2006 SBC Reflections:
Tuesday (June 13):
I was up at 4:30 am! We left our hotel in Reidsville, NC (as close as we could get) at 5:45 am to make the Founders Breakfast at 6:30 am. First, I was surprised that the crowd (c. 300) did not seem as large as last year in Nashville when R. C. Sproul spoke and Steve Camp did music.
We got some good gifts here, including Curtis Vaughan’s paperback commentary on Ephesians and Dever’s new Elders booklet. Got to meet Tom Ascol face to face for a brief moment. Dever’s message was on Romans 9-10. He read it all out loud and pounded home the standard Reformed understanding. Mark can deal with long passages like this. I usually prefer a smaller chunk.
SBC Tuesday morning:
Interesting to be in a business meeting with 12,000 people. The "Everyone Can, And I’m It" slogan hung in larger than life letters from the coliseum ceiling. I get the meaning: "Everyone can share the gospel, and it is my responsibility to do so." But the phrase smacks of such a man-centered overtone that it is hard for me to like it. We kept thinking of alternatives like, "Everyone can’t, but God can."
Motions were introduced including those by ubiquitous SBC Falstaff Wiley Drake and the much anticipated motion by Wade Burleson seeking external investigation of the SBC.
This session also had the first of the convention baptisms. These make my Baptist body cringe. A note in the program read: "Because baptism is an ordinance of the church, all baptisms will be conducted with full approval and support of a sponsoring home church, with members each present to witness." But I have enough Landmark in my bones to be deeply bothered by a local church event being held in an SBC meeting. We are not Jehovah’s Witnesses (they too do their "baptisms" in a convention setting)! It also amazes me that conservatives in the leadership were quiet on this, especially those seeking Landmark-style requirements for IMB mission candidates.
We left a little early to walk across the road and have lunch at Stamey’s Barbecue.
SBC Tuesday afternoon.
Highlight was the presidential election. I have already reviewed Frank Page’s book, so I have already gone on record that I am not sympathetic with his anti-Calvinist stance. I had about decided to vote for the newest candidate, Jerry Sutton, having read his book on the SBC reformation a few years back. But a Pastor friend called me last week and swayed me back to Page. Anyway I met that same brother later at the SBC, and found he had since switched to Sutton!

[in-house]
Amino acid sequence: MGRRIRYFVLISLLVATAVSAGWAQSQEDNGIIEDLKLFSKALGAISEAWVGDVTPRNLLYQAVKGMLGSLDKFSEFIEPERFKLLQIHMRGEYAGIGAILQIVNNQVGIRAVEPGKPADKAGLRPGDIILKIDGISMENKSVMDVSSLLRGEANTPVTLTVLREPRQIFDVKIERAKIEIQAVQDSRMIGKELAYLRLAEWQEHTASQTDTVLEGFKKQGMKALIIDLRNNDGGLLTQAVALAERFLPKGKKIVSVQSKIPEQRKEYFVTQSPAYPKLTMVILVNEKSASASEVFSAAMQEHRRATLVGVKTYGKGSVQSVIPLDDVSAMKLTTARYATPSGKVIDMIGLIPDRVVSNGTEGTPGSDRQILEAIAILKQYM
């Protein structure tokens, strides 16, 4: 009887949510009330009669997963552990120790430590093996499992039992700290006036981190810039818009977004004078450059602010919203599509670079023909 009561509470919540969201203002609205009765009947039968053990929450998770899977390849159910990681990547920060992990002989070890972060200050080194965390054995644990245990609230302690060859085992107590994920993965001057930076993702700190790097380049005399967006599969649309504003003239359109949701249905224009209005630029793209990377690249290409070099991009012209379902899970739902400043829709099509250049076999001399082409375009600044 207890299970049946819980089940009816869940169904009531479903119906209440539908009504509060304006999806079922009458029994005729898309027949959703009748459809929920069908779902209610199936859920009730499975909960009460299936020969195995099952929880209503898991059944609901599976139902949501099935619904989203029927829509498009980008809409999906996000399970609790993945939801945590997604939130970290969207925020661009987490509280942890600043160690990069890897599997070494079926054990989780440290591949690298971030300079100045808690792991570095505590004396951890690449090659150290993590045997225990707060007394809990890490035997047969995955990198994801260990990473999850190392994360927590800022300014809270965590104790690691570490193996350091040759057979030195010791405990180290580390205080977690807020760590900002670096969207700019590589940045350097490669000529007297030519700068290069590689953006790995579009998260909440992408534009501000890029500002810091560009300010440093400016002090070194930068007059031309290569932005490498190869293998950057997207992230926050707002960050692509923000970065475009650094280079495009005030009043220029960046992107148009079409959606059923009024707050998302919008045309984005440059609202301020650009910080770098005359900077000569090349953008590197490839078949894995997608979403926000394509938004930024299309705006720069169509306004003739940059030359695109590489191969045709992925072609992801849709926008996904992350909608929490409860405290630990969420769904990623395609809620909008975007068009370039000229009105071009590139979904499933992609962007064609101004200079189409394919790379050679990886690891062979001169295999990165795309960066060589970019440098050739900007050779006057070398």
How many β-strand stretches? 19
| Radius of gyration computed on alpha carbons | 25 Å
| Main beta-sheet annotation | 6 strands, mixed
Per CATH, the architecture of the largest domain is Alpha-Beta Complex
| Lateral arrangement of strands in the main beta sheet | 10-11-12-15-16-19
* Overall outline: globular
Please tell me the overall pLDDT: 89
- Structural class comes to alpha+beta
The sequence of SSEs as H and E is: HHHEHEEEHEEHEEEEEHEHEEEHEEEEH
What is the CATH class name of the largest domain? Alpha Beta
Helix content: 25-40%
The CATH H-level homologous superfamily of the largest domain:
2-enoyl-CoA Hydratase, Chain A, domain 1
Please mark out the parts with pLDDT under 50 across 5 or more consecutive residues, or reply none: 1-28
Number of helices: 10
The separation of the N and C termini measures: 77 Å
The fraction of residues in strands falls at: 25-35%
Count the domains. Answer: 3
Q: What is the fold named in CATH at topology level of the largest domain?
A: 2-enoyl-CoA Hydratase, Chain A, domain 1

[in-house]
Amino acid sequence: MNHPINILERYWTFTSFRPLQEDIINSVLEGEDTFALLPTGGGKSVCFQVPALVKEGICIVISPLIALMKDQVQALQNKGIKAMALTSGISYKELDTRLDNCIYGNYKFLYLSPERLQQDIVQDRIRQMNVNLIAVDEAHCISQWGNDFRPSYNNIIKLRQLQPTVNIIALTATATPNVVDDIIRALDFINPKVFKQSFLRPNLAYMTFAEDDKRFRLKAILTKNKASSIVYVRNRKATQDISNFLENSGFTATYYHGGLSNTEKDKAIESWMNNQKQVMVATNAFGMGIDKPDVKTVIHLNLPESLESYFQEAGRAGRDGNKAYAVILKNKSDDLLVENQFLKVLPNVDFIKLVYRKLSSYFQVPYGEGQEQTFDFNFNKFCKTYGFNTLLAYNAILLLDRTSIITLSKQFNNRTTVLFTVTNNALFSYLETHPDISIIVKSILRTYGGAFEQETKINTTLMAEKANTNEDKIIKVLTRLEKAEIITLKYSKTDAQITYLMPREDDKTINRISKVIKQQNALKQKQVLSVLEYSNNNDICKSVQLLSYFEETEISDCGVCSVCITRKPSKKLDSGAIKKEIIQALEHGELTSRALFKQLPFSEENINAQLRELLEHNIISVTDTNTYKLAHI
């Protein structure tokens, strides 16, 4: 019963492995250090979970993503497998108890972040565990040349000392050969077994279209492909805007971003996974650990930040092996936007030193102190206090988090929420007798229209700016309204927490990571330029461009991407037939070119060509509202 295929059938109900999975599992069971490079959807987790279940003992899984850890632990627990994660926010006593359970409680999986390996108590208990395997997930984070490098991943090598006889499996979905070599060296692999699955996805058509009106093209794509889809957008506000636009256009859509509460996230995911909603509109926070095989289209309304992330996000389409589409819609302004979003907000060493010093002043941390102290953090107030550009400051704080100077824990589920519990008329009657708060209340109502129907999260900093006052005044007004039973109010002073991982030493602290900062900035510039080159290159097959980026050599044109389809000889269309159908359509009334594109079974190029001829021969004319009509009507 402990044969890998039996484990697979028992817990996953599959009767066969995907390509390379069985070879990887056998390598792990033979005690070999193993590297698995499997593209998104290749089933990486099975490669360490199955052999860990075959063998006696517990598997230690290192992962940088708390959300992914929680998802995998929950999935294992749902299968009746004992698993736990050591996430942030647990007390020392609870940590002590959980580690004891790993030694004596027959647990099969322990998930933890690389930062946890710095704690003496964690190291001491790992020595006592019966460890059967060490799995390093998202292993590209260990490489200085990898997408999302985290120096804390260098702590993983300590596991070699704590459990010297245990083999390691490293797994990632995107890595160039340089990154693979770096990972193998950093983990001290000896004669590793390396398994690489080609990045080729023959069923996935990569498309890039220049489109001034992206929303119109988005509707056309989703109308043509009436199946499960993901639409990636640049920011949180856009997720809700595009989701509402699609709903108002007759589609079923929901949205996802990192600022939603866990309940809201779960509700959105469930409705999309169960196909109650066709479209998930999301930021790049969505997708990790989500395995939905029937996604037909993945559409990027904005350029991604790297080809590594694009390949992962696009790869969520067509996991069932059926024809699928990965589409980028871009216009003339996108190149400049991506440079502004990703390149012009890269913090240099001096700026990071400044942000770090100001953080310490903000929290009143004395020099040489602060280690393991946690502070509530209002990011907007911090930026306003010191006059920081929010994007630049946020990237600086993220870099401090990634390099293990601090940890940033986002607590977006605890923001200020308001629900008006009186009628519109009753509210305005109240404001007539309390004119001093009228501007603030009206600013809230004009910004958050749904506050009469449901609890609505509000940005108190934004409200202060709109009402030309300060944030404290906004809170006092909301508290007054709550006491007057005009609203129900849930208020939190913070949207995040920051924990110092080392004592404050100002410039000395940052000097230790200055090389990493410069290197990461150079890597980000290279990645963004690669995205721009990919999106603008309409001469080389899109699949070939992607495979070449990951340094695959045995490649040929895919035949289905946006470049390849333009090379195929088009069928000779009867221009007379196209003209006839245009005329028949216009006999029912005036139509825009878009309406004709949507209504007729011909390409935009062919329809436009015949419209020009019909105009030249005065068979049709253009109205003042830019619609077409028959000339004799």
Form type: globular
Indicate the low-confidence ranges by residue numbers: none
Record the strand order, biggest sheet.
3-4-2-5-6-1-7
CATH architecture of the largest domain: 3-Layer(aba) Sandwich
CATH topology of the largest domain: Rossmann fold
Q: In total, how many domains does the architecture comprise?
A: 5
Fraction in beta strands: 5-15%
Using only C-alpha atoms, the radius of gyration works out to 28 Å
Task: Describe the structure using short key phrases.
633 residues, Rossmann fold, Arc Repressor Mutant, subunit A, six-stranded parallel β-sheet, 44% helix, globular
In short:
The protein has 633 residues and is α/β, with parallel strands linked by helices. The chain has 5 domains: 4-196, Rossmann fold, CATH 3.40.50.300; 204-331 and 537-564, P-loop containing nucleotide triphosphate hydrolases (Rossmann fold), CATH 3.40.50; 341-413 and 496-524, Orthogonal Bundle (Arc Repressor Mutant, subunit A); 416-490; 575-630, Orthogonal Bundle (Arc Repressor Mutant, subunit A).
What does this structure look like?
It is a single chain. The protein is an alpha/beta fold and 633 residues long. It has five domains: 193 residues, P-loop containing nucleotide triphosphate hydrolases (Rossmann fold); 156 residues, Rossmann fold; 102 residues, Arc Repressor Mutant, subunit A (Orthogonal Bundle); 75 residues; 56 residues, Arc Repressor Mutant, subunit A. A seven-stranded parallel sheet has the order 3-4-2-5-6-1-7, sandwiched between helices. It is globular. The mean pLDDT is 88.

Oh well, Page won. This has been and will be much analyzed. A protest vote against conservative cronyism and nepotism? A moderation of the convention sans moderates? A statement against "neo-Calvinists"?
I was also thinking about the pros and cons of this variety of Baptist democracy. I later heard Al Mohler say that our Baptist democracy was the thing that saved the SBC from liberalism. Unlike Episcopalians, for example, we have no bishops protected from a grass roots uprising. Yes, that’s good. But is the tendency to reject leadership a not so subtle sign of sin? Isn’t our tendency not to want to submit, to be anti-authoritarian, a sign of our sinfulness? Did the actions of this convention play into that?
SBC Tuesday evening.
Brian, Steve, and Geoff left at the break to head home. Steve Hills (Western Branch BC, Suffolk) and I had supper at the concession stand. We sat with a Roman Catholic priest (he stood out wearing the collar at this SBC gathering) named Frank Ruff (sic). We learned that he is an official Roman Catholic observer at this meeting. When I asked him about his observations he noted that he loved Southern Baptists and thought we were all part of one big family. He thought the biggest thing that divided us was ecclesiology and not theology proper. I pursued by asking about our division on authority (Scripture) and then the doctrine of justification by faith. He contended that we believe the same thing. I differed and noted the significance in this regard of the upsurge in Calvinism. Yes, Arminian evangelicalism and its emphasis on synergism in salvation is close to the Catholic view but not the monergistic view of salvation held by the Reformers. No surprise that neither of us budged on this.
Anyhow Steve and I made it late back into the session and missed casting our vote for Mark Dever in the runoff which he lost by c. 70 votes. What message does this send about neo-Calvinism?
The nomination speech for Wiley Drake was an SBC classic. Just goes to prove how important a nomination speech is in meetings like this. Frank Page likely also had an edge by having the best nomination speech in his race.
The multi-candidate elections set the schedule back very late. But Steve and I stayed till the end. My least favorite message of the entire convention was that of James Walker of Biltmore BC in Arden, NC. He told of his church’s inability to get people who had made "decisions" for Christ to come to the church to get baptized, so they came up with the idea of an outdoor baptism to which they invited their "converts." They even served hamburgers and hot dogs to get people out and baptized over 90. The next year they did it again and baptized over 160. Question: If you cannot get your "converts" to come to church to be baptized unless you serve them refreshments, were they ever really converted?
By the end of this session, there were only a few hundred people left in the cavernous coliseum. That was a shame, because Richard Land gave an excellent report on the Ethics and Religious Liberty Commission. It should have been heard by more.